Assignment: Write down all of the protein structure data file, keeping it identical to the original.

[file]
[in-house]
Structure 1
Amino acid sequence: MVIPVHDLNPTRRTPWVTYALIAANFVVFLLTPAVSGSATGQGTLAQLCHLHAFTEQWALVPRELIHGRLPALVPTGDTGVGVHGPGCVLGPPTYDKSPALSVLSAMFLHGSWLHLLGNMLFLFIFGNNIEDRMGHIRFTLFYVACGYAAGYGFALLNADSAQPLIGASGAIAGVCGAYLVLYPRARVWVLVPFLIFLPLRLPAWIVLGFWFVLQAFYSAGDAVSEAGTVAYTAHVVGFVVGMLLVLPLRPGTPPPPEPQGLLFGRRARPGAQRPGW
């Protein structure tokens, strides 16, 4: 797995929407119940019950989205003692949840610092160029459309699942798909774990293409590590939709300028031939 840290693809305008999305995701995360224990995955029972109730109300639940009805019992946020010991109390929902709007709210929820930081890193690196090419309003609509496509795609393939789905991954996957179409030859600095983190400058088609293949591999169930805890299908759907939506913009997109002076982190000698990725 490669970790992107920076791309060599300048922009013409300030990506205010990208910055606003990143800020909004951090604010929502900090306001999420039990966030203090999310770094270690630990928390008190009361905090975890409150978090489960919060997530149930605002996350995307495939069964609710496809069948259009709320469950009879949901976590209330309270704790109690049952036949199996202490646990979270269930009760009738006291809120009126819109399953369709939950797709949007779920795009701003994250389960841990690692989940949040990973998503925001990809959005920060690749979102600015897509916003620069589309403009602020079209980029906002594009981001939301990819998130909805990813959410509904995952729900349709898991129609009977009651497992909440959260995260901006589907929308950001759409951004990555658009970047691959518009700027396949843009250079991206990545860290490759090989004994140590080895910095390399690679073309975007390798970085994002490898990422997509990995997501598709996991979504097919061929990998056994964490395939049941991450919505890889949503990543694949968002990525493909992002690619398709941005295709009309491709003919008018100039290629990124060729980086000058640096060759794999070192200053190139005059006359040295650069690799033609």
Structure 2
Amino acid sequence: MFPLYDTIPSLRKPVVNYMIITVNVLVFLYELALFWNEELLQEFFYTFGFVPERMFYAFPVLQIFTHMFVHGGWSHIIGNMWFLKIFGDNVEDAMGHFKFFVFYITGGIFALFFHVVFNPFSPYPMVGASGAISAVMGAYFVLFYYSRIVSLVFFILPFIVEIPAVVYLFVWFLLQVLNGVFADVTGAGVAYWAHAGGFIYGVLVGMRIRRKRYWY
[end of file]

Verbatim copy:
[in-house]
Structure 1
Amino acid sequence: MVIPVHDLNPTRRTPWVTYALIAANFVVFLLTPAVSGSATGQGTLAQLCHLHAFTEQWALVPRELIHGRLPALVPTGDTGVGVHGPGCVLGPPTYDKSPALSVLSAMFLHGSWLHLLGNMLFLFIFGNNIEDRMGHIRFTLFYVACGYAAGYGFALLNADSAQPLIGASGAIAGVCGAYLVLYPRARVWVLVPFLIFLPLRLPAWIVLGFWFVLQAFYSAGDAVSEAGTVAYTAHVVGFVVGMLLVLPLRPGTPPPPEPQGLLFGRRARPGAQRPGW
């Protein structure tokens, strides 16, 4: 797995929407119940019950989205003692949840610092160029459309699942798909774990293409590590939709300028031939 840290693809305008999305995701995360224990995955029972109730109300639940009805019992946020010991109390929902709007709210929820930081890193690196090419309003609509496509795609393939789905991954996957179409030859600095983190400058088609293949591999169930805890299908759907939506913009997109002076982190000698990725 490669970790992107920076791309060599300048922009013409300030990506205010990208910055606003990143800020909004951090604010929502900090306001999420039990966030203090999310770094270690630990928390008190009361905090975890409150978090489960919060997530149930605002996350995307495939069964609710496809069948259009709320469950009879949901976590209330309270704790109690049952036949199996202490646990979270269930009760009738006291809120009126819109399953369709939950797709949007779920795009701003994250389960841990690692989940949040990973998503925001990809959005920060690749979102600015897509916003620069589309403009602020079209980029906002594009981001939301990819998130909805990813959410509904995952729900349709898991129609009977009651497992909440959260995260901006589907929308950001759409951004990555658009970047691959518009700027396949843009250079991206990545860290490759090989004994140590080895910095390399690679073309975007390798970085994002490898990422997509990995997501598709996991979504097919061929990998056994964490395939049941991450919505890889949503990543694949968002990525493909992002690619398709941005295709009309491709003919008018100039290629990124060729980086000058640096060759794999070192200053190139005059006359040295650069690799033609």
Structure 2
Amino acid sequence: MFPLYDTIPSLRKPVVNYMIITVNVLVFLYELALFWNEELLQEFFYTFGFVPERMFYAFPVLQIFTHMFVHGGWSHIIGNMWFLKIFGDNVEDAMGHFKFFVFYITGGIFALFFHVVFNPFSPYPMVGASGAISAVMGAYFVLFYYSRIVSLVFFILPFIVEIPAVVYLFVWFLLQVLNGVFADVTGAGVAYWAHAGGFIYGVLVGMRIRRKRYWY